2018-2019 Photo Contest

Creatures Great and Small: Capturing the Scenic Side of Tennessee’s Wildlife

Creatures Great and Small was Scenic Tennessee’s 19th photo contest but its first to focus on wildlife. Considering that Tennessee has more than 1,000 species of wild birds, fish, mammals, reptiles, insects, amphibians, crayfish and mussels, we were long overdue to put the spotlight on the scenic qualities of Tennessee’s abundant critter heritage.

The contest had three objectives:

  • To celebrate the beauty and diversity of animals that enrich Tennessee’s viewscapes. 
  • To deepen our connection with these creatures and their habitats, and better appreciate their place in Tennessee’s natural, cultural and scenic character.
  • To showcase the photographer’s art, skill and ingenuity in capturing wildlife subjects, their surroundings, their behaviors and their personalities.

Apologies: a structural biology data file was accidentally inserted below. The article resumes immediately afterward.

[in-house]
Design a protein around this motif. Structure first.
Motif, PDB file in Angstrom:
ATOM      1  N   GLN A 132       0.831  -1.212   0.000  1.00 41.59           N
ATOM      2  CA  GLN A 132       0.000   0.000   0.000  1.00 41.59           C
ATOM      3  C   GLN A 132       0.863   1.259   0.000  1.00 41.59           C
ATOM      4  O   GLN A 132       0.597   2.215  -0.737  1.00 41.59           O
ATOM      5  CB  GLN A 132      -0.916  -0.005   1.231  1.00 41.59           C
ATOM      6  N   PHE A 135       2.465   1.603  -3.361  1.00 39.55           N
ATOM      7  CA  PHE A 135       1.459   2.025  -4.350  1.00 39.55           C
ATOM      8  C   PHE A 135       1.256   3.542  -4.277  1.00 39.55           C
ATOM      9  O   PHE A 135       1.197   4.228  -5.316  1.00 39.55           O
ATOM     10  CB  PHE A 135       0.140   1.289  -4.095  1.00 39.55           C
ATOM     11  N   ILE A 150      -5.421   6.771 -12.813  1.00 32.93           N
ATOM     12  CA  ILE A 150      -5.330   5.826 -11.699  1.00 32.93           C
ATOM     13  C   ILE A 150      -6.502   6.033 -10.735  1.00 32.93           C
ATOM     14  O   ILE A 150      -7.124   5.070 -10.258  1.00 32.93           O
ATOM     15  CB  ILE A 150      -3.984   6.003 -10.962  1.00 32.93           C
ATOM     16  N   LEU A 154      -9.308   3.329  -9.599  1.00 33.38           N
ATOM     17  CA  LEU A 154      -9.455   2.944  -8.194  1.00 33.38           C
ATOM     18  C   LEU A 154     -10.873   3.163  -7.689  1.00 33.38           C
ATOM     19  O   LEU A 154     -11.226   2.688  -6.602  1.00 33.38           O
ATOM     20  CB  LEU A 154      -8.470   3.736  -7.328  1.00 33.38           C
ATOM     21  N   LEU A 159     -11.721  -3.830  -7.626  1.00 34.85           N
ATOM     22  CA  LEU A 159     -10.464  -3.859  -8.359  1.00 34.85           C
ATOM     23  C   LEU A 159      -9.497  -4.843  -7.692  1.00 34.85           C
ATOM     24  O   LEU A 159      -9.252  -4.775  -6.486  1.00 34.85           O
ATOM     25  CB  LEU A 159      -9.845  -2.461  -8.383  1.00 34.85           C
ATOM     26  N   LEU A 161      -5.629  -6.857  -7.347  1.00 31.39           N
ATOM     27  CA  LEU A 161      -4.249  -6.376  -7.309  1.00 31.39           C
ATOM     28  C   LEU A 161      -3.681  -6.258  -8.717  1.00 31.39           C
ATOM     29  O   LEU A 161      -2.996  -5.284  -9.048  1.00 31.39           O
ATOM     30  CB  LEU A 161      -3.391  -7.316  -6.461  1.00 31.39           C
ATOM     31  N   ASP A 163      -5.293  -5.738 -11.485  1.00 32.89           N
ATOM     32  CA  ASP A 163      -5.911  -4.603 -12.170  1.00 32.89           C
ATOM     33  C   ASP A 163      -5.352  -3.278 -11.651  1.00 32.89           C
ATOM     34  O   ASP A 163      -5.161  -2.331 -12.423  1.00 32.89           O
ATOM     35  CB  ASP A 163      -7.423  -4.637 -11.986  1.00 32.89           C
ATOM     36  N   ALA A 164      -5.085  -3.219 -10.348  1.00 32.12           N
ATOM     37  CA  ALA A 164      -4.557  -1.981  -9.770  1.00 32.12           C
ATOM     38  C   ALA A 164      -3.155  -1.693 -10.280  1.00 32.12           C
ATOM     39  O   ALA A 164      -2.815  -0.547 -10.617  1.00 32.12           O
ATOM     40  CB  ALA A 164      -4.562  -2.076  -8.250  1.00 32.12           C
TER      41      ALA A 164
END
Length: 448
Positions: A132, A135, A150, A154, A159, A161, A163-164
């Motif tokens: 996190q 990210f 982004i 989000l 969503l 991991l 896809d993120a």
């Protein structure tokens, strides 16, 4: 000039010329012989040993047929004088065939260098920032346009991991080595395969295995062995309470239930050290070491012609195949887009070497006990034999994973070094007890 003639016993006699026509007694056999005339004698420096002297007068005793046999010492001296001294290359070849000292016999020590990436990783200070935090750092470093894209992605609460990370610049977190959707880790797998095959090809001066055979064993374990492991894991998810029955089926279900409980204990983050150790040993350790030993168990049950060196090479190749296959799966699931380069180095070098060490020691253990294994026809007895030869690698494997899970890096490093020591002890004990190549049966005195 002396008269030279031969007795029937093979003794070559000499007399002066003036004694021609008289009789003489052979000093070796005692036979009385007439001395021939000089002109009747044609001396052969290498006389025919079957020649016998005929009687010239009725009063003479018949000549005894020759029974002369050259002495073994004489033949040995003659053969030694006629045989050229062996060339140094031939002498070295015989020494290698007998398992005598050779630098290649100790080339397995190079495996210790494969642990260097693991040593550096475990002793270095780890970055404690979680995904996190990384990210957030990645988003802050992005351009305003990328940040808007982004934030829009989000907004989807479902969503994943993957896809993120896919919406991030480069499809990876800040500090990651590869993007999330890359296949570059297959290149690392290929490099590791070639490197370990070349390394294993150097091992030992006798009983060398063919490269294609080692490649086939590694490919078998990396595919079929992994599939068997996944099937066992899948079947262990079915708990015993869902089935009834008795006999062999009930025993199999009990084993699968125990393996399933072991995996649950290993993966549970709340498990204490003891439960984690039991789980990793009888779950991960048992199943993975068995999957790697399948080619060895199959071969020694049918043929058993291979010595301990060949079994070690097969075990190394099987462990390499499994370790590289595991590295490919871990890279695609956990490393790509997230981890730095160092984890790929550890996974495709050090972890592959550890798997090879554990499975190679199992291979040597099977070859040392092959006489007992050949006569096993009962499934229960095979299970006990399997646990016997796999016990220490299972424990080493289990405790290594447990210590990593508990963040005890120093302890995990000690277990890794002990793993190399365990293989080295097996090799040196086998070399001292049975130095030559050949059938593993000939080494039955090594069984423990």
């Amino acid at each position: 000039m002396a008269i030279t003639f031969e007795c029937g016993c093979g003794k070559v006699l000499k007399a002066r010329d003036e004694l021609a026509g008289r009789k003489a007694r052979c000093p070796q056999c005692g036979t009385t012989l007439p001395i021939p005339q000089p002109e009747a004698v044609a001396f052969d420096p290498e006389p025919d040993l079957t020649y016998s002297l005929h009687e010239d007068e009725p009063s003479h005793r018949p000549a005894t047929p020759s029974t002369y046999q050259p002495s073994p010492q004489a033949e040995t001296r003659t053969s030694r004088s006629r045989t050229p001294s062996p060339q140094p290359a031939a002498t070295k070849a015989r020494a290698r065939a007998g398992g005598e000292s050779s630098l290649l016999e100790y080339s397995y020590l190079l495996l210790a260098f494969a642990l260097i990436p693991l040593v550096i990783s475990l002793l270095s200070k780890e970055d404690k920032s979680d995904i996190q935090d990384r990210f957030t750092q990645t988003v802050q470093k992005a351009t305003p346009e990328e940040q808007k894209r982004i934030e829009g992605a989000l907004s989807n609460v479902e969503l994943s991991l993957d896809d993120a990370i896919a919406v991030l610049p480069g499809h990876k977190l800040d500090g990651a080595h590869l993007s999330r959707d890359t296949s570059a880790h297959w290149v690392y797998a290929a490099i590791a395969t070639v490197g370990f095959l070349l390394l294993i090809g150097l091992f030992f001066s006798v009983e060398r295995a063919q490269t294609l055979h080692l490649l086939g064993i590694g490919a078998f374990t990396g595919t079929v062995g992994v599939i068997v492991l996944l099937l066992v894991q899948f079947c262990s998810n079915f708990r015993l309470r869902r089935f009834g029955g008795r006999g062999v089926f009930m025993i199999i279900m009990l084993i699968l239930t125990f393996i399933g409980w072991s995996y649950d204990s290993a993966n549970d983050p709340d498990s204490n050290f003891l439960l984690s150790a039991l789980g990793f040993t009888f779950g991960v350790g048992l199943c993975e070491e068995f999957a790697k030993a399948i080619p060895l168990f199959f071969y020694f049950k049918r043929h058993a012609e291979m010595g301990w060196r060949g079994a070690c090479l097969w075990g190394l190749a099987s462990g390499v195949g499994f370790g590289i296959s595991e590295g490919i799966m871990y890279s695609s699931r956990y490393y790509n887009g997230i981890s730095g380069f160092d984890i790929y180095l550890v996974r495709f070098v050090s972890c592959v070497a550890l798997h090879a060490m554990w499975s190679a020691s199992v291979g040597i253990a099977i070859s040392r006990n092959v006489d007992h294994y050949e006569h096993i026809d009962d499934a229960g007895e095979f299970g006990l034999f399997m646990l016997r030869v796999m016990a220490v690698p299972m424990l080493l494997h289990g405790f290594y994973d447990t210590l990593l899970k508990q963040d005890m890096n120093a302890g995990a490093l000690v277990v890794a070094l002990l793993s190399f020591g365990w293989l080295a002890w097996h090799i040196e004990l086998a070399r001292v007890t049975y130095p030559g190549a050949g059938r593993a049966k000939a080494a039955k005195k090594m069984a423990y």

The contest’s judges were:

  • The late Mack Prichard, former Tennessee State Naturalist, Tennessee Department of Environment and Conservation (see Mack’s legacy at www.mackprichard.com)
  • Kevin Hancock, nature and commercial photographer, Knoxville; see his work at hancockphoto.com
  • Jim Robertson, Cookeville, retired Federal Civil Service photographer and former staff photographer for the Tennessee Department of Conservation (State Parks, Conservation Education, Archeology, Water Resources, State Forestry and The Tennessee Conservationist Magazine)

This year’s Special Category was Moths & Butterflies

In almost every Scenic Tennessee photo contest, a sort of sub-theme emerges, a running thread of recurring images that gives depth to the contest and highlights an area of particular public interest and importance. In the 2018-2019 contest, this special category was moths and butterflies (order Lepidoptera). The importance of these insects was articulated by photographer Amanda Blount in her description of “It’s Lunch Time!”, her photo of an eastern tiger swallowtail butterfly within Dunbar Cave State Park.

Note: Owing to the unusual circumstance that nearly all submissions were in a single entrant category (adult amateur), contest organizers decided, after several deadline extensions, to combine all submissions into a single all-inclusive judging. We hope you enjoy the results!